However, if you’re working on a free/freemium model, there doesn’t seem to be such a clear difference between platforms. In fact, one could argue that Android has the edge here, as users are more willing to tolerate advertising.

Free Beer Tomorrow sign

Of course, if you’re looking at comparing Android and iOS, it would be worthwhile to point out the difference in developer sign-up fees. Google’s Android Market is a straight $25 fee, and you’re in for life. Apple’s App Store on the other hand, is $99 per year. For low-profile developers, that $99 can represent a significant hurdle to ongoing profits.

The Definition of Success

What is success anyway? While my ultimate goal is to turn this Android development into a profitable enterprise, I’m also in it for the long haul. This means not being deterred by humble beginnings. I didn’t expect Tap That! Number to be an instant hit, and it wasn’t. Quite honestly, it’s not the most polished app out there, and there’s plenty of room for improvement. But following the “deliver first, iterate later” philosophy, my goal was to get something out there which I can both learn from, and build on in the future.

Building an Android app and sharing experiences with other developers online has been a great experience for me. I’ve learned a lot, and had fun in the process. The CPM I’ve seen so far from AdMob is encouraging, so I won’t be abandoning free apps entirely. But next on the agenda is a paid version of Tap That! Number – and if anyone wants to donate an iPhone, I’d be more than happy to release a version for iOS too! 😉

Success / Persevere in Scrabble Tiles

  • Oli Wright

    Thanks for yet another informative post.
     Regarding the comments on the “one month” post, I think
    that’s an excellent overall response you’ve got there!  OK, so there
    are a couple of knee jerk “WTF OMG it’s only $4” posts which’re
    incredibly short sighted and haven’t looked past a single pertinent detail
    of the post, but that’s actually a good yardstick.  These posts aren’t the majority of the content, so I’d say that’s a win 🙂

  • Hi! this is a very interesting post. I think that there is an wrong thought out there and is that the people think that you just need to create a “App” and you’re going to make money. Is just more than that.

  • Hi David – you know your stuff.  I was thinking how it makes MORE sense to go to the free model on Android, based on the amount of people actually buying paid apps on Android (much much less than iPhone).  I think you’re doing great and you’ll be able to make a huge hit eventually, or at the very least, several modest hits which will turn into something massive.  It’s funny how ignorant even developers can be – you’re doing great.  Keep it up!

  • Ziggy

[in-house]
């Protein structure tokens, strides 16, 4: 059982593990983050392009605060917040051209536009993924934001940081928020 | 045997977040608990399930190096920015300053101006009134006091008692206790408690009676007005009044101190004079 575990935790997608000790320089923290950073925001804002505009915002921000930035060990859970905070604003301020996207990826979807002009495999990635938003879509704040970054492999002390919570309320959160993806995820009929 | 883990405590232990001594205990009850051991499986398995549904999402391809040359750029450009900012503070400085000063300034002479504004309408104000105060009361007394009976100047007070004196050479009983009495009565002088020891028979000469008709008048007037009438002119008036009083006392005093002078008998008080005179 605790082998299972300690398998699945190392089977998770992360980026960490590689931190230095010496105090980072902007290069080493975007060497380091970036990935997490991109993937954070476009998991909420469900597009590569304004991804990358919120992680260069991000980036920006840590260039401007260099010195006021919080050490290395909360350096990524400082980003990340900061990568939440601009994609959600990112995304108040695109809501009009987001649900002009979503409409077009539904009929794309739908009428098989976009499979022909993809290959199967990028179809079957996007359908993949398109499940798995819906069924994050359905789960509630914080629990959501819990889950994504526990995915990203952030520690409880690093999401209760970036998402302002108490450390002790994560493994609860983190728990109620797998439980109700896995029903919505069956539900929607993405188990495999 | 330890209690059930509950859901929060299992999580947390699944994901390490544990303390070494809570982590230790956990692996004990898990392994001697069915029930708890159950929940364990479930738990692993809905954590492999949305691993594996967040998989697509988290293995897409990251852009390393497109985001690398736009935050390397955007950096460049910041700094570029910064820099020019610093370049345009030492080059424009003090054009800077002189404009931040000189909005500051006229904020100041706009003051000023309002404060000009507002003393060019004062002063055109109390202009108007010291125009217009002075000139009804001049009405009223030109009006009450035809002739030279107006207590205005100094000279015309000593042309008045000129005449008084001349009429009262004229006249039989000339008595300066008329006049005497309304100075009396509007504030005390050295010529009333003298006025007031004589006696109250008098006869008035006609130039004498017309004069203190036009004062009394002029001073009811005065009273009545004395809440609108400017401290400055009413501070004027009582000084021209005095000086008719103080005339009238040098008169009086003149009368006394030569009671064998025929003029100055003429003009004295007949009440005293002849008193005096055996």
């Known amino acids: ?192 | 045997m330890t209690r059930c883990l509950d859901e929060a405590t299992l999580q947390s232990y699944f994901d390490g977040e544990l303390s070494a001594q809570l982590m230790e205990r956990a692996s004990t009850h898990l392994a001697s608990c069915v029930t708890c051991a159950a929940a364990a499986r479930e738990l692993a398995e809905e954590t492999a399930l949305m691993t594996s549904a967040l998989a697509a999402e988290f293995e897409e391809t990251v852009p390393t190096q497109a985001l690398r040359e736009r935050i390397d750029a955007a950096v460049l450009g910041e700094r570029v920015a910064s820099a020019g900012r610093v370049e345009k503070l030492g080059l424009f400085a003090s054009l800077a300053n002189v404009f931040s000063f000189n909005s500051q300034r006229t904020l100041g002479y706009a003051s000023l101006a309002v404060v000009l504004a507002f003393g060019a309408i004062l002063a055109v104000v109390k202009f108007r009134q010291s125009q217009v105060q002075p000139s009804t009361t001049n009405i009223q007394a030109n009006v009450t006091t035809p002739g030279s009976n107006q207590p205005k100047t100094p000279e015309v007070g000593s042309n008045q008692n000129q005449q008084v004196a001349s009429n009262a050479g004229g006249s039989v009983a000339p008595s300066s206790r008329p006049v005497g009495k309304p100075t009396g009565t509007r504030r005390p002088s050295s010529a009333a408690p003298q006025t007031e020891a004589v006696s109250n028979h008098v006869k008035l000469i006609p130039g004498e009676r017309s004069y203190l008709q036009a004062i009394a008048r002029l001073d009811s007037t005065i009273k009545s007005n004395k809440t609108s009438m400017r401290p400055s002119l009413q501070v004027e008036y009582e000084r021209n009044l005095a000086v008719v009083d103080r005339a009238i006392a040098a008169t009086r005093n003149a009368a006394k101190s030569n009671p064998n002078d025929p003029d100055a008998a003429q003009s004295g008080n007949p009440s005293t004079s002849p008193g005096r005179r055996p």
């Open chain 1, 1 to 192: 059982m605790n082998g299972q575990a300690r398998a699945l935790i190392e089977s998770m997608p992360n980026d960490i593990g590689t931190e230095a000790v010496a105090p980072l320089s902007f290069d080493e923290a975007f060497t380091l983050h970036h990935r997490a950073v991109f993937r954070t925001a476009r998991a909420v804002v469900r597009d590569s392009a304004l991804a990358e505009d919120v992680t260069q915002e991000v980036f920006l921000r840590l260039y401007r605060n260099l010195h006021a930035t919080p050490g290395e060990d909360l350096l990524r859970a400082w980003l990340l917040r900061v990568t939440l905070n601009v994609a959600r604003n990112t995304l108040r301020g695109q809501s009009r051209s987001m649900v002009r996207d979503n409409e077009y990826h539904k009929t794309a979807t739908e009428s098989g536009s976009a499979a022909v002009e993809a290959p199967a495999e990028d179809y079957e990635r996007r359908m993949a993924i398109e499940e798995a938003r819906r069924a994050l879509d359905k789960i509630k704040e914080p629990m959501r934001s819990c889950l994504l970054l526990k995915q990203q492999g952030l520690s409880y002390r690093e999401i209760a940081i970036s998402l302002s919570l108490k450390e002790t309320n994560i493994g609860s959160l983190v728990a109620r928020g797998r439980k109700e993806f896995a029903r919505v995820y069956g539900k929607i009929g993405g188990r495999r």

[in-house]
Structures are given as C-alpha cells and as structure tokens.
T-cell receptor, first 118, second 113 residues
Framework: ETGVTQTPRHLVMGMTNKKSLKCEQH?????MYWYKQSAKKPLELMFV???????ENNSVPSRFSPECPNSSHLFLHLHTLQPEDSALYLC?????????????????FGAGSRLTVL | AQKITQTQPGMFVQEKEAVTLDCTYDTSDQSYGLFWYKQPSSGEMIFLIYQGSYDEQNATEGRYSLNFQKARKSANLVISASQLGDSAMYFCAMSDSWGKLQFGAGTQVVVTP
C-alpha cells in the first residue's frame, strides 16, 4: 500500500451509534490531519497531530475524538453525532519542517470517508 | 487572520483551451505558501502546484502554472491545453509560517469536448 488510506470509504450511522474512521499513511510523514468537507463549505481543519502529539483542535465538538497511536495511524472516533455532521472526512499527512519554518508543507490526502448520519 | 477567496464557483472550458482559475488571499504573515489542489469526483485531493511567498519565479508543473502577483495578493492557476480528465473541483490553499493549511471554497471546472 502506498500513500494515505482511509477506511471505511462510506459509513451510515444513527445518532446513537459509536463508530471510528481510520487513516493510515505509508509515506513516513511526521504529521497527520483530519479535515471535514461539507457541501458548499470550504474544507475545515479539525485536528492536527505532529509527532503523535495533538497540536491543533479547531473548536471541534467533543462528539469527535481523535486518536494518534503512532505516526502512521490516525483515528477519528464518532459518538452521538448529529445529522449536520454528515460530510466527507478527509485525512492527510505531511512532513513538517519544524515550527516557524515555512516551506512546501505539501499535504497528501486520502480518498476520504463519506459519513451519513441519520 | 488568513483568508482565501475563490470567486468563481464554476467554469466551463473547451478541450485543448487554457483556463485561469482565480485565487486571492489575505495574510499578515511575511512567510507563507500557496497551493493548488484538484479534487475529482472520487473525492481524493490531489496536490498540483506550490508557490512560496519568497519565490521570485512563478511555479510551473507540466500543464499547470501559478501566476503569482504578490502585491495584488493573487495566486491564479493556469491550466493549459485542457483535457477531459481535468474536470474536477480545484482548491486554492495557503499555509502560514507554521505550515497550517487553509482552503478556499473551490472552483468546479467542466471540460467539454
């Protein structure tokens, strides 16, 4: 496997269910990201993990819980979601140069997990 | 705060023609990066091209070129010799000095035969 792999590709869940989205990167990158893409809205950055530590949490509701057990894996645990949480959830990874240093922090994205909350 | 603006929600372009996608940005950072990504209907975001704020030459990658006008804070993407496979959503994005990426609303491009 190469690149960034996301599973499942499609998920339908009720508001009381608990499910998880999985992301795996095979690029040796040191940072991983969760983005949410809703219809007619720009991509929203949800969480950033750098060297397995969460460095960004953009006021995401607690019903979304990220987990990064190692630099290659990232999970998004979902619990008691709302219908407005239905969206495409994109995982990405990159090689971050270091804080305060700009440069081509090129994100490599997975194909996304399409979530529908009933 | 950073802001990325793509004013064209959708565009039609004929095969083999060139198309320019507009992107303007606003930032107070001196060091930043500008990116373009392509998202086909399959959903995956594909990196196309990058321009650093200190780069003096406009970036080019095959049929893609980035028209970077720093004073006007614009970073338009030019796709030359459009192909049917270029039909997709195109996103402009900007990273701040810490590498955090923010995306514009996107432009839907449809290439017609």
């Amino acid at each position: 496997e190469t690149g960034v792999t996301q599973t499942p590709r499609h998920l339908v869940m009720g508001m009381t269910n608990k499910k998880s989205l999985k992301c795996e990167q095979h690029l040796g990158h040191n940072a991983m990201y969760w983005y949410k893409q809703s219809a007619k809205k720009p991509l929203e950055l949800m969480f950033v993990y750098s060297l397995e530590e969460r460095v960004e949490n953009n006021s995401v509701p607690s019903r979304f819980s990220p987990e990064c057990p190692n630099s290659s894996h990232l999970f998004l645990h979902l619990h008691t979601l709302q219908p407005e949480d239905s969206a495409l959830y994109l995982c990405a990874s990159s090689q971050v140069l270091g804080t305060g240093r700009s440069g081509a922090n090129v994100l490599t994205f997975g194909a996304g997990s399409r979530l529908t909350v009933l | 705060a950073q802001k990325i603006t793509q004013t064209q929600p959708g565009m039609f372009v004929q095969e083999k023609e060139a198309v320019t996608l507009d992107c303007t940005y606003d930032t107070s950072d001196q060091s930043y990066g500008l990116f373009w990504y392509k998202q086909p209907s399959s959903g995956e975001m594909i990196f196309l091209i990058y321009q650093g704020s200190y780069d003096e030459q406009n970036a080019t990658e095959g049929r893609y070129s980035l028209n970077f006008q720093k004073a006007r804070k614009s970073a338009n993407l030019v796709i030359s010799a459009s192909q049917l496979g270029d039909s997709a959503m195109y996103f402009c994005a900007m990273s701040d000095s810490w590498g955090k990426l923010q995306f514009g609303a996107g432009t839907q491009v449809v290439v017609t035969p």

That’s the right attitude to maintain with this stuff 🙂 I’m in it to have fun, learn something, and try to make some money, but if the money part doesn’t pan out, it won’t be the end of the world for me. Now on to read about your second month 🙂

  • Vz2100

    Very inspiring…thank you!

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  • Devling Android

    Just came across your article, it makes a change to find one that’s actually an interesting read, thank you.

    I can only agree with you, regarding income from applications. Everyone has different experiences depending on their application(s), and there are so many variables that can affect income.  I’m a software developer, who recently looked into Android applications, and have now released a couple of free small games to the Android Market; “Plonk!” and “Crazy Whale”.  Both pretty daft, without a huge amount of playability, but people have found them fun and good for killing some time.

    Neither of my applications have been released with the sole intent of making a bucket load of cash, more to test the waters and see how they did. I had similar income to yourself, however that income is slowing ramping up, and seems to be ever increasing.  Patience is definately a virtue, and it’s not often that a developer will instantly make it big time with an app; for most people it will certainly take time, and likely some more hard work 😉

    Thanks, and good luck 🙂

  • Hi David,

    Only just came across this post – but thank you very much for mentioning GoSquared. It’s great to see that it helped you respond faster than would have otherwise been possible!

    Keep up the great work and good luck with your next big traffic spike 😀



  • Jmbrook

    Something I would be interested in knowing is the effect on installs of having your blog featured etc?

  • Sivarttechnology

    Nice write-up!  We are the developers of “Word Crank” a new Android App.  Please check out the stats on our first week on the market.  Very encouraging to see how far your app has come.  Any further advice would definitely be appreciated.  sivarttech.com

  • Brad St Clair

    Hi David,

    I have just had a read of both your articles (this one and the one that went “viral”) and I have to say they were a great read.

    I have just released my first app on the android market (https://market.android.com/details?id=com.droid.app.of.the.day) and am interested in other peoples experiences with free apps. I am using AdMob to monetise the app, and by biggest suprise is my current rate of about 4 cents per click through, verse roughly $1.50 for adsense advertising on my website (www.droidappoftheday.com). The difference is quite staggering really, however I can not say I am completely acorss the technical differences between the two advertising systems!

    Best of luck, I will have to try out your Tap game after reading so much about the dollars and cents behind it!



  • Euanjt

    Thank you. I completely agree with your philosphy that iOs users are more likely to pay for apps than android, i haven’t seen that anywhere else.

  • Paz Milena

    Thank you. Working on something myself. Now i have a clearer picture, thanks to you and everyone who takes the time to share experience. You make a difference.

  • I’m actually just getting into this whole internat market. I’m trying to find an app that i can benfit from but not just anything, something that  I can enjoy doing. Well as i read your report it really put some ideas into mind. Great work it was very straight forward and well organized report. You really broke it down, the concept that is.